For longtime Marvel Comics fans, the sight of a red-faced dude opening his eyes at the end of the latest trailer for May’s Avengers: Age of Ultron was something to get excited about — but for everyone else, it might have seemed like a confusing anti-climax after the chance to see the Hulk, Captain America and Iron Man kick the asses of an army of marauding robots. What are those people missing? Only the chance to see the on-screen debut of the Vision, Marvel’s least-likely romantic lead and a robot that taught the world that even an android can cry.
The Vision first appeared in 1968’s The Avengers #57, launching an association with the superhero team that continues to this day (He’s currently appearing in the Uncanny Avengers series, having also anchored Avengers A.I. and Avengers West Coast throughout the years). The creation of writer Roy Thomas and artist John Buscema, the Vision was originally introduced as the robotic offspring of Ultron, albeit one so human that he turned against his “father” at the earliest possible opportunity to become a card-carrying superhero.
What made the Vision so human was apparently the fact that his robotic brain was programmed using the brain patterns of a human — Simon Williams, to be exact, a former enemy of the Avengers who was dead at the time. (He’d later recover and join the team himself, with the Vision and he referring to each other as brothers.) It was just one of the many pieces of recycling that Thomas used in the character’s creation; it would later be revealed that his robotic body was that of a former Marvel hero called the Human Torch — unrelated to the Fantastic Four member of the same name — and even the name “the Vision” had previously been used by an entirely separate superhero owned by the publisher.
Despite his unoriginal roots, the Vision became a favorite of readers and writers alike, in part because he gave Thomas and the many writers that followed their own version of Star Trek’s Spock to play with; although the Vision had many impressive superpowers — he can alter the molecular density of his body, allowing him super-strength and the ability to walk through walls and fly, and the jewel on his forehead collects solar power that he can then shoot people with, all thanks to comic-book science — the character was soon known more for his constant musings on the nature of humanity from an outsider’s perspective and overwrought emotional turmoil than any actual superheroics he might have attempted.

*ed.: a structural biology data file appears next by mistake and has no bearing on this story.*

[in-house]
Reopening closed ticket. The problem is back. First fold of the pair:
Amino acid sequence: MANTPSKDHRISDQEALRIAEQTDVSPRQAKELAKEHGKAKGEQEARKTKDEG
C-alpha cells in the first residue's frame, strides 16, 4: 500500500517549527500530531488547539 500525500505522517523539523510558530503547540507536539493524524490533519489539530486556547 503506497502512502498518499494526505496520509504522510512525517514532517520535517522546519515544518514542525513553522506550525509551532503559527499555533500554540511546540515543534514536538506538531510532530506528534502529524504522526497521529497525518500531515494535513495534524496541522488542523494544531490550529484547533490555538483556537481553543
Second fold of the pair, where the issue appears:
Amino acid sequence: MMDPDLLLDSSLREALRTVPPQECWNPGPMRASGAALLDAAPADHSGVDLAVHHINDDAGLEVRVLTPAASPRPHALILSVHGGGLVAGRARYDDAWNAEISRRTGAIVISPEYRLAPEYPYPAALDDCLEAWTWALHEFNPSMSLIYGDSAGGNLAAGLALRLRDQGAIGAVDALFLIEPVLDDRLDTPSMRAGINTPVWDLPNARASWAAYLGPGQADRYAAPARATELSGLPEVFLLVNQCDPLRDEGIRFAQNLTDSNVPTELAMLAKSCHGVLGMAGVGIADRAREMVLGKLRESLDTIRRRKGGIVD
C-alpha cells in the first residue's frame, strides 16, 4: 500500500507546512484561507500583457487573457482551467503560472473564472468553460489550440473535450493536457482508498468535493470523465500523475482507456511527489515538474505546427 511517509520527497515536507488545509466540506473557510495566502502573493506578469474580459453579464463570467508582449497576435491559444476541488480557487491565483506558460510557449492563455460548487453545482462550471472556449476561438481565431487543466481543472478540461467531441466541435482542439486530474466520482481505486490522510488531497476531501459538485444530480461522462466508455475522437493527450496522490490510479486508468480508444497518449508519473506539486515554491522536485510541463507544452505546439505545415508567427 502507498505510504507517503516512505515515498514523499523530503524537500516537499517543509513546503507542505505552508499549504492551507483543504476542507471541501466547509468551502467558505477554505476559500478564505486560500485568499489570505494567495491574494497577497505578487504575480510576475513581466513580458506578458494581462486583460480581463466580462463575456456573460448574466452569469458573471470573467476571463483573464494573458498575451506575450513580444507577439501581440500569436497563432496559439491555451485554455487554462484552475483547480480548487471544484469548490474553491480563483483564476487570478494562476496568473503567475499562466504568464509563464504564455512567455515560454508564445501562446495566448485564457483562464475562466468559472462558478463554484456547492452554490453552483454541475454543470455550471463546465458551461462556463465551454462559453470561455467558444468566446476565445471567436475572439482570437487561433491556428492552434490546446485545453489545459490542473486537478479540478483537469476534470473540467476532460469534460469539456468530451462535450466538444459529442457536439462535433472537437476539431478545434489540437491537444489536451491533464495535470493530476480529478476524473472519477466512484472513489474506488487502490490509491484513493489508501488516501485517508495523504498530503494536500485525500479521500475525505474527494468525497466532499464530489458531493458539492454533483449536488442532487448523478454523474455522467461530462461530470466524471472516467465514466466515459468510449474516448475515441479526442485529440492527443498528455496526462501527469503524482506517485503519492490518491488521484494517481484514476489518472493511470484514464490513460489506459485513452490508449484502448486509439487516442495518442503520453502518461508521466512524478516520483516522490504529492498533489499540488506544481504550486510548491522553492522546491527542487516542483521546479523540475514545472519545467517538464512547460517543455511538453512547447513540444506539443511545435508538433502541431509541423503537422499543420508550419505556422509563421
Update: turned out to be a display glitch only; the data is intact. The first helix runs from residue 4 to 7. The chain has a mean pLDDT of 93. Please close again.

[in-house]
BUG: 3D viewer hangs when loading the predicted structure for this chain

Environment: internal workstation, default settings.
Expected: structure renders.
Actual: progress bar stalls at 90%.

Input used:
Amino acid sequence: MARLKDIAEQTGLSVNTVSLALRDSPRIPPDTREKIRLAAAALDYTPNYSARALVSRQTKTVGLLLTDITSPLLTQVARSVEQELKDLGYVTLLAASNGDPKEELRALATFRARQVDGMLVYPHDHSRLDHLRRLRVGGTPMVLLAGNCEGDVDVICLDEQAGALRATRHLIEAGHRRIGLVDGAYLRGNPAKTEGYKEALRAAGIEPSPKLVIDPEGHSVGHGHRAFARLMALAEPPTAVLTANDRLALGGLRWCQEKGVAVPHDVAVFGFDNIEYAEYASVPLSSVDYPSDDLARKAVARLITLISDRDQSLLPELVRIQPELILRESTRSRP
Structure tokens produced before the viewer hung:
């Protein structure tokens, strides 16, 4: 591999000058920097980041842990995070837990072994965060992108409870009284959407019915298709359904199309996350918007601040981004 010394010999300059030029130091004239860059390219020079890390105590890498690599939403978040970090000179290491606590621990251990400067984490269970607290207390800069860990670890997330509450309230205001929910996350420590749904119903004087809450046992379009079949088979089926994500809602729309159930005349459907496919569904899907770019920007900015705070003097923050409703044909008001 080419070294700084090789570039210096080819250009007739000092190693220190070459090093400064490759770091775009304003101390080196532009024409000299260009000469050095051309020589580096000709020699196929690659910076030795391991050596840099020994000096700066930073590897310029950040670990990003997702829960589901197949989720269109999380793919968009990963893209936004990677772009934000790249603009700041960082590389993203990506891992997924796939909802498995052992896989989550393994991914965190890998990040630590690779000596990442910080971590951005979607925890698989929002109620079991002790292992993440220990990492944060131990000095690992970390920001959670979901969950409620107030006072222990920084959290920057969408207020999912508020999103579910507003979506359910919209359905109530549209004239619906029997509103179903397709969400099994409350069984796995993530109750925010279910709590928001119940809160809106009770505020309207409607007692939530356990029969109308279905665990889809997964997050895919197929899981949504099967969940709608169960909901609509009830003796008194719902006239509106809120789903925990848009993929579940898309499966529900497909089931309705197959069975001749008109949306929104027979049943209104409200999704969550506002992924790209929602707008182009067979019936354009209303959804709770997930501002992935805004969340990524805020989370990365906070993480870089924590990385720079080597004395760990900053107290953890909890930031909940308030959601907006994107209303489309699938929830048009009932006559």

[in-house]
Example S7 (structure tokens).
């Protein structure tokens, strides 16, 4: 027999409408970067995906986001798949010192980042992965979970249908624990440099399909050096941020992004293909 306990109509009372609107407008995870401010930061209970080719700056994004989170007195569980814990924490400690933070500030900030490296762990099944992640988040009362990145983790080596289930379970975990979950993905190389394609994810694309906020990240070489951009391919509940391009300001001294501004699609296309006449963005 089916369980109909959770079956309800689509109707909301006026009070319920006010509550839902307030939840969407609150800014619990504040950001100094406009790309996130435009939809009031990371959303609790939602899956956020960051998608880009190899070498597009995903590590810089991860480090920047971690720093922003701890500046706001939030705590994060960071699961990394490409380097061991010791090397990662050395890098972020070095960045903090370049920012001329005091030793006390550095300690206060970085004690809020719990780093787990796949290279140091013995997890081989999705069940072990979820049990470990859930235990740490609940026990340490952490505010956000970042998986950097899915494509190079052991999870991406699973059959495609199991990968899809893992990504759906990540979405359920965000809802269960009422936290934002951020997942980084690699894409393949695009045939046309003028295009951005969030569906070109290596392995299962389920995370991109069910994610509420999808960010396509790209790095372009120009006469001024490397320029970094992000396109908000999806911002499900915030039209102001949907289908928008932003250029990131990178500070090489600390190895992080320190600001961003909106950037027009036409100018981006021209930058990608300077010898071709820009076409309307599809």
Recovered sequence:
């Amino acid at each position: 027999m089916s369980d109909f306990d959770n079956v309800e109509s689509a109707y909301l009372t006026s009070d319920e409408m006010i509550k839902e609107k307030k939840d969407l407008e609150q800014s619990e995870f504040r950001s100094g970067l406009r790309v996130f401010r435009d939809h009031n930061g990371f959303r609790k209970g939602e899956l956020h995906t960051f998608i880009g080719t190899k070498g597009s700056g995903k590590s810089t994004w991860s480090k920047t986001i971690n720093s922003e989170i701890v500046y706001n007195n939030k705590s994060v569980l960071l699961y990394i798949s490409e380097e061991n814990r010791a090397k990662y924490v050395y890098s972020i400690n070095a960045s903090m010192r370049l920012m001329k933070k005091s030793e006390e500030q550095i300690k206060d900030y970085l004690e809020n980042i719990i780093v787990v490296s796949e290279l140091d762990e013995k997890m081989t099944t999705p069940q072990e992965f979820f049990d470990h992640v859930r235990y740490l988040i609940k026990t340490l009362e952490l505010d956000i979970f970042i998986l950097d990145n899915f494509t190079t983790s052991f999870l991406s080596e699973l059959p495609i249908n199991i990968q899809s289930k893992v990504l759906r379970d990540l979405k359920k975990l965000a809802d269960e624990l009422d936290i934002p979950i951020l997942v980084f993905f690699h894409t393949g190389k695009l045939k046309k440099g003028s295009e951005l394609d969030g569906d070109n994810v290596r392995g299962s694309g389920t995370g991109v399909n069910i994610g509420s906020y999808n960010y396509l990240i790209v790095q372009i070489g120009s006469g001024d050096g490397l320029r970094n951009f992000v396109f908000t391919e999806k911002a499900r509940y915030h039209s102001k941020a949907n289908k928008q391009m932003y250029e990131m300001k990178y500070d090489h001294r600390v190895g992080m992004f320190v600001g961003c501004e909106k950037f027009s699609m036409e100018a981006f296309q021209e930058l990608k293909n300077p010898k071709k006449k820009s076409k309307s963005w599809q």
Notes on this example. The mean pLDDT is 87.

Much of his emotional turmoil centered around another character being introduced in Avengers: Age of Ultron: the Scarlet Witch. Wanda Maximoff, as her friends call her, was already the potential love interest of a number of male Avengers by the time the Vision was introduced into the series, but his sensitivity and kind heart — or, at least, the robotic equivalent — won her over in a long-running storyline that culminated not only in marriage (which happened in 1975’s Giant-Size Avengers #4), but the birth of two children at the end of a 1986 mini-series titled The Vision and the Scarlet Witch, the second of the Vision’s turns as a leading man outside of the Avengers.
(If you’re wondering quite how a robot could get anyone pregnant, the answer is literally “magic”; the Scarlet Witch used her powers to make it happen, only for that to be undone three years later when it was revealed that the children were actually made up of parts of a supervillain’s soul and not actually real, and — well, let’s just leave it as “comics can have some pretty weird ideas sometimes.”)
In his career, the Vision has suffered many indignities that only an android could endure: he’s been reprogrammed, contracted viruses and rebooted on more than one occasion; he’s been destroyed multiple times, including being torn to pieces by the Hulk’s equally gamma-powered cousin, She-Hulk; and he’s even been turned into a supervillain when an egomaniacal computer managed to convince him that becoming a benevolent dictator was in humanity’s best interests. Throughout it all, he’s remained a fan-favorite character who has never stopped searching for ways to grow and improve his own life, and the lives of those around him. If the big-screen version has even a half of the charm and appeal of his comic book counterpart, the Vision might go on to become the most popular — and most human — hero in the Marvel Cinematic Universe.